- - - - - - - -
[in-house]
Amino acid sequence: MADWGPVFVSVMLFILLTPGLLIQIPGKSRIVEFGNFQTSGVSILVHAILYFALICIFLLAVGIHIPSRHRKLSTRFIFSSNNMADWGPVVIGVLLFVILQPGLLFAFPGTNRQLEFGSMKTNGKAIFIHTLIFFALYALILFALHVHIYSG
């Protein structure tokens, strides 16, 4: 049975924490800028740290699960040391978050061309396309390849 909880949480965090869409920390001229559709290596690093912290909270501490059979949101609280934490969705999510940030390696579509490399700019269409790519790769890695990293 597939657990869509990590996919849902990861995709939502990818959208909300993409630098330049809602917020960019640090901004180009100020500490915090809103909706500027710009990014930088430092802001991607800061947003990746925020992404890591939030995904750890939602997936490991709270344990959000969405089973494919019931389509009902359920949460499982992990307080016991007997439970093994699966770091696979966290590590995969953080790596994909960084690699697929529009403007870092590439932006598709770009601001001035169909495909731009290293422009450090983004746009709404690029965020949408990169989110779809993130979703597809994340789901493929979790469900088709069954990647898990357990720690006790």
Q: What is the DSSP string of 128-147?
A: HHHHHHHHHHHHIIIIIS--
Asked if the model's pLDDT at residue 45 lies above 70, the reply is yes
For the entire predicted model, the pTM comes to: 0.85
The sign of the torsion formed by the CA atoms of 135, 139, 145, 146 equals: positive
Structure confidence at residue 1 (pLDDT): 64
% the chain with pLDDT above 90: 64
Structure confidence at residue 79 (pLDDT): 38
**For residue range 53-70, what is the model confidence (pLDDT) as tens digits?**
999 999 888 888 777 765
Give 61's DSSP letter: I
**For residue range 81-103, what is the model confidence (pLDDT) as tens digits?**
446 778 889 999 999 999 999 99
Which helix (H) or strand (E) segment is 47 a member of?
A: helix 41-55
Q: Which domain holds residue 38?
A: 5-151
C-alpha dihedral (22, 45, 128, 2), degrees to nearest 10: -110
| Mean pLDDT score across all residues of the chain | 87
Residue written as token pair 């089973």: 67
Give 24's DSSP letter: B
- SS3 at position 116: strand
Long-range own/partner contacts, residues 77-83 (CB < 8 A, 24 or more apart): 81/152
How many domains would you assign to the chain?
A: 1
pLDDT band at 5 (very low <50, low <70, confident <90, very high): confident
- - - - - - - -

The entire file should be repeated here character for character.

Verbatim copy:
[in-house]
Amino acid sequence: MADWGPVFVSVMLFILLTPGLLIQIPGKSRIVEFGNFQTSGVSILVHAILYFALICIFLLAVGIHIPSRHRKLSTRFIFSSNNMADWGPVVIGVLLFVILQPGLLFAFPGTNRQLEFGSMKTNGKAIFIHTLIFFALYALILFALHVHIYSG
């Protein structure tokens, strides 16, 4: 049975924490800028740290699960040391978050061309396309390849 909880949480965090869409920390001229559709290596690093912290909270501490059979949101609280934490969705999510940030390696579509490399700019269409790519790769890695990293 597939657990869509990590996919849902990861995709939502990818959208909300993409630098330049809602917020960019640090901004180009100020500490915090809103909706500027710009990014930088430092802001991607800061947003990746925020992404890591939030995904750890939602997936490991709270344990959000969405089973494919019931389509009902359920949460499982992990307080016991007997439970093994699966770091696979966290590590995969953080790596994909960084690699697929529009403007870092590439932006598709770009601001001035169909495909731009290293422009450090983004746009709404690029965020949408990169989110779809993130979703597809994340789901493929979790469900088709069954990647898990357990720690006790």
Q: What is the DSSP string of 128-147?
A: HHHHHHHHHHHHIIIIIS--
Asked if the model's pLDDT at residue 45 lies above 70, the reply is yes
For the entire predicted model, the pTM comes to: 0.85
The sign of the torsion formed by the CA atoms of 135, 139, 145, 146 equals: positive
Structure confidence at residue 1 (pLDDT): 64
% the chain with pLDDT above 90: 64
Structure confidence at residue 79 (pLDDT): 38
**For residue range 53-70, what is the model confidence (pLDDT) as tens digits?**
999 999 888 888 777 765
Give 61's DSSP letter: I
**For residue range 81-103, what is the model confidence (pLDDT) as tens digits?**
446 778 889 999 999 999 999 99
Which helix (H) or strand (E) segment is 47 a member of?
A: helix 41-55
Q: Which domain holds residue 38?
A: 5-151
C-alpha dihedral (22, 45, 128, 2), degrees to nearest 10: -110
| Mean pLDDT score across all residues of the chain | 87
Residue written as token pair 């089973």: 67
Give 24's DSSP letter: B
- SS3 at position 116: strand
Long-range own/partner contacts, residues 77-83 (CB < 8 A, 24 or more apart): 81/152
How many domains would you assign to the chain?
A: 1
pLDDT band at 5 (very low <50, low <70, confident <90, very high): confident